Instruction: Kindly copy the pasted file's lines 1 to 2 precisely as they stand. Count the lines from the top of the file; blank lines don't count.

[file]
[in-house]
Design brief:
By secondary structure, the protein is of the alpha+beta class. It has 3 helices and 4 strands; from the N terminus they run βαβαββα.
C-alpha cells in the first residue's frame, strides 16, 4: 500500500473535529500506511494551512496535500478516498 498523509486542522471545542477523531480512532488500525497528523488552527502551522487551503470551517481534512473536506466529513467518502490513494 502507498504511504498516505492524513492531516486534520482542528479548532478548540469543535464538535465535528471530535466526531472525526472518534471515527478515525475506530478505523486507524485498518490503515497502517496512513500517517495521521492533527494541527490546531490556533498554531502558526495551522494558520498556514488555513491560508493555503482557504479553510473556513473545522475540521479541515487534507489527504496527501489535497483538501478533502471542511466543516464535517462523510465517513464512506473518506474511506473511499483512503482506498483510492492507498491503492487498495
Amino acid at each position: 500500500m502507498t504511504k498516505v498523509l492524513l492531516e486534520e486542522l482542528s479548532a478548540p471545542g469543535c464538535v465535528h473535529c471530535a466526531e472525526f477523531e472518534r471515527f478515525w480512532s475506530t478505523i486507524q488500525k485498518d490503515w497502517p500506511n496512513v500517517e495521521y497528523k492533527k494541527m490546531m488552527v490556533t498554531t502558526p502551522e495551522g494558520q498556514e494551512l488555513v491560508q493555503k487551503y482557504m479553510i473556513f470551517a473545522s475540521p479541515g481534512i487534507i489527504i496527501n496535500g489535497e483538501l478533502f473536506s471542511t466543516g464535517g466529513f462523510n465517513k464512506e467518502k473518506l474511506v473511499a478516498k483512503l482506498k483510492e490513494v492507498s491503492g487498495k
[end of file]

[in-house]
Design brief: